More than 51,000 people joined the ranks of the “ultra-wealthy” last year as the fortunes of the already very rich benefited from rising global stock markets and increased property prices during the pandemic.
The number of ultra-high net worth individuals (UHNWIs) – those with assets of more than $30m (£22.4m) – rose by a record 9.3% last year to 610,569, according to a report by the property consultants Knight Frank.
“By any of the measures that we track, whether luxury property prices, UHNWI populations or even private jet traffic, 2021 was a good year for those lucky enough to be the owners of property or other tangible assets,” said Rory Penn, the head of Knight Frank’s private office, through which he advises ultra-rich clients across the world.
“Notwithstanding uncertain times, we have still seen substantial wealth creation globally with the number of people with net wealth of US$30m or more increasing by almost 10% last year.”
The number of ultra rich people in the UK increased by 11% to 25,771 – more people than could fit in the football stadiums of Watford, Burnley or Brentford.
The number of Britons with assets of more than $30m has doubled since 2016, and Knight Frank predicts the total will rise to more than 32,000 by 2026. There are more than 3 million people in the UK classed as dollar ¡millionaires (£750,000), a 54% increase on five years ago.
The UK had the second-fastest rate of growth of ultra-rich people behind the US, where the number increased by 13% to 210,353. The ranks of the wealthy grew on every continent except Africa, where 17 people fell off the list, taking the total to 2,240.
Monaco stood out as the country with the most super-rich people per capita, with 199 people holding assets of $30m or more out of a population of just 39,000 – which works out as five people in every thousand. Just under seven in 10 people living in Monaco are dollar millionaires.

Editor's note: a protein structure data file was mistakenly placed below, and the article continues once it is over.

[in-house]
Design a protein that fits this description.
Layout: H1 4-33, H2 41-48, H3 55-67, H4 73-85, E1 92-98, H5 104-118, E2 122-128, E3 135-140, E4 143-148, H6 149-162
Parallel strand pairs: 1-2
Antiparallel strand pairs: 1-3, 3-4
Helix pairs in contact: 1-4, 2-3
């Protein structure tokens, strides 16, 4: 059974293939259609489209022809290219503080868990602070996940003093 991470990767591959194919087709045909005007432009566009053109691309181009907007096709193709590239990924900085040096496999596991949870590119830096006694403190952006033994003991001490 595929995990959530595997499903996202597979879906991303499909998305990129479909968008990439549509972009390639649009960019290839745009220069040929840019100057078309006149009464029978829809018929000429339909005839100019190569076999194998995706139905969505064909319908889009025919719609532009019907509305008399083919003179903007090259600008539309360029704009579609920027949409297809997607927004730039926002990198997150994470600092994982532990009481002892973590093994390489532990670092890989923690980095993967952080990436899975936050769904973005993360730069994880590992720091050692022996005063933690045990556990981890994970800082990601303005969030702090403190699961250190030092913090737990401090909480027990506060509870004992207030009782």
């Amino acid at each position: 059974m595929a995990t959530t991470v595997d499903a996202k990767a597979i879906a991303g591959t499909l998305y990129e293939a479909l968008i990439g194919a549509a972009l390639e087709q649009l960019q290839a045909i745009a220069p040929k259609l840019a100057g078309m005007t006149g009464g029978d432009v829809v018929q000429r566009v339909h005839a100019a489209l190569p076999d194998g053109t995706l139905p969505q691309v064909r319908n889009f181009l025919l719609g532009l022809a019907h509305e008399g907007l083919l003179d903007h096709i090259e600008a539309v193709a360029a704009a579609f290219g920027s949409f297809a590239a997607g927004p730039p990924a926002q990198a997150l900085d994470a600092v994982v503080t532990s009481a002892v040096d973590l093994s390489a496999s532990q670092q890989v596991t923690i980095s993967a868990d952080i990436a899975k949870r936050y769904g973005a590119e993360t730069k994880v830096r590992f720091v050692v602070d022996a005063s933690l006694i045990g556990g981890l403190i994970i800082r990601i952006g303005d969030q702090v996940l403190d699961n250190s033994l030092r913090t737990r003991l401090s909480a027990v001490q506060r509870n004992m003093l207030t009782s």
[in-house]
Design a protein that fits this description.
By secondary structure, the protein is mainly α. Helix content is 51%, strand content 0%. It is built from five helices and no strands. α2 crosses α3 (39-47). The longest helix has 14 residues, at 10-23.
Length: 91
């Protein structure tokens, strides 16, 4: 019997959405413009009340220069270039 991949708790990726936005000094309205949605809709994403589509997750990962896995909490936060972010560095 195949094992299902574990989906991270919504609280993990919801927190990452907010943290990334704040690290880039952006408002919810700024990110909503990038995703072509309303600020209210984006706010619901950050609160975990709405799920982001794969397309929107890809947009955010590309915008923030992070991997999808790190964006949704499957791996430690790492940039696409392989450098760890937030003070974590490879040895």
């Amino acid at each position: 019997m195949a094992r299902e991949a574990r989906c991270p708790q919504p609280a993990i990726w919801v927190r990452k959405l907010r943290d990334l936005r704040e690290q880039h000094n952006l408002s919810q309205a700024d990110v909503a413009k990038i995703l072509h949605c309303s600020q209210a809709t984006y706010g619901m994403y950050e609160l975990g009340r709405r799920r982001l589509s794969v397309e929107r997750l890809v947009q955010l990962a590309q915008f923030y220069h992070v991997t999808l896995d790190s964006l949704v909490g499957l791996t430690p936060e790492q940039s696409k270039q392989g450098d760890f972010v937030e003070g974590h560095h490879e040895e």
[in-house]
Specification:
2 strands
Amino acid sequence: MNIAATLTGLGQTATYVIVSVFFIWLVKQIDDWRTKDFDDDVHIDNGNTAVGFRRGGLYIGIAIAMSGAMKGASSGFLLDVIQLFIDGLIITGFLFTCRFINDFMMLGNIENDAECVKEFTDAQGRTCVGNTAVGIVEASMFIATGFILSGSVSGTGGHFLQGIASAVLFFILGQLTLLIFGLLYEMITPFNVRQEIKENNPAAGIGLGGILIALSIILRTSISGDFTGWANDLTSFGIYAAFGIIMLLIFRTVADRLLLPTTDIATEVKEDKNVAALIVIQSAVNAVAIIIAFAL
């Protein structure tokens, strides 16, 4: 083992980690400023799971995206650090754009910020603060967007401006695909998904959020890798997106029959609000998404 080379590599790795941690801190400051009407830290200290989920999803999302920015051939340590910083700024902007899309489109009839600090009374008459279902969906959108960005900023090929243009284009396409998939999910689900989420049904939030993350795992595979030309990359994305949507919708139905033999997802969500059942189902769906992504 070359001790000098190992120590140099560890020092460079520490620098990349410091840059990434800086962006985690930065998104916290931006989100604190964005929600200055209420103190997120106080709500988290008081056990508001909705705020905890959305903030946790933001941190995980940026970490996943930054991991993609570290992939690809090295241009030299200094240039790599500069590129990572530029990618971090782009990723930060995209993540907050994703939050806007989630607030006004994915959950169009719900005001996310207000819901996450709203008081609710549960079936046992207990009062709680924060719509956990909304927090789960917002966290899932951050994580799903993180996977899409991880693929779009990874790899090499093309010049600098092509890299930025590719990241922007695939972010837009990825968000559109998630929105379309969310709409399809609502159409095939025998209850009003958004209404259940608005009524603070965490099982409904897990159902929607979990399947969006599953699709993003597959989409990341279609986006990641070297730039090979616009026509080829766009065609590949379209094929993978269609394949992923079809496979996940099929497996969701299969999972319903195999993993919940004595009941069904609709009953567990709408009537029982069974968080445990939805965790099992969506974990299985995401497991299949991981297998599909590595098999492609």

Monaco is home to several rich Britons, including the former Topshop boss Sir Philip Green and his wife, Tina; billionaire Brexit backer and petrochemicals tycoon Sir James Ratcliffe, property billionaires Simon and David Reuben; John Hargreaves, the founder and chairman of Matalan; John Caudwell, the billionaire founder of Phones4u; and Formula One driver Lewis Hamilton.
Knight Frank’s report shows that on average the ultra-wealthy hold just under two-thirds of their wealth in property. Unsurprisingly, the most expensive property is found in Monaco, where homebuyers would need to spend at least $34m to join the top 1% of most expensive properties.
A million dollars buys just 14.6sq m of residential space in the Mediterranean principality, compared with 30.6sq m in London, or 256 sq m in São Paulo.
Conscious of the lack of space available to attract more billionaires to Monaco, Prince Albert II, the reigning monarch, is overseeing a $2bn (£1.5bn) scheme to reclaim six hectares (15 acres) of land from the sea.
The sovereign city-state – which is only slightly bigger than Regent’s Park in London – said it was embarking on the “offshore urban extension project” because it had run out of space for those seeking the “fiscal advantages” the tax haven offers.
The reclaimed land will allow the creation of 120 luxury homes selling for more than $100,000 per sq metre – more expensive than One Hyde Park in London and 15 Central Park West in Manhattan.
On average ultra-rich people own 2.9 homes, according to Knight Frank’s survey of private bankers and wealth advisers.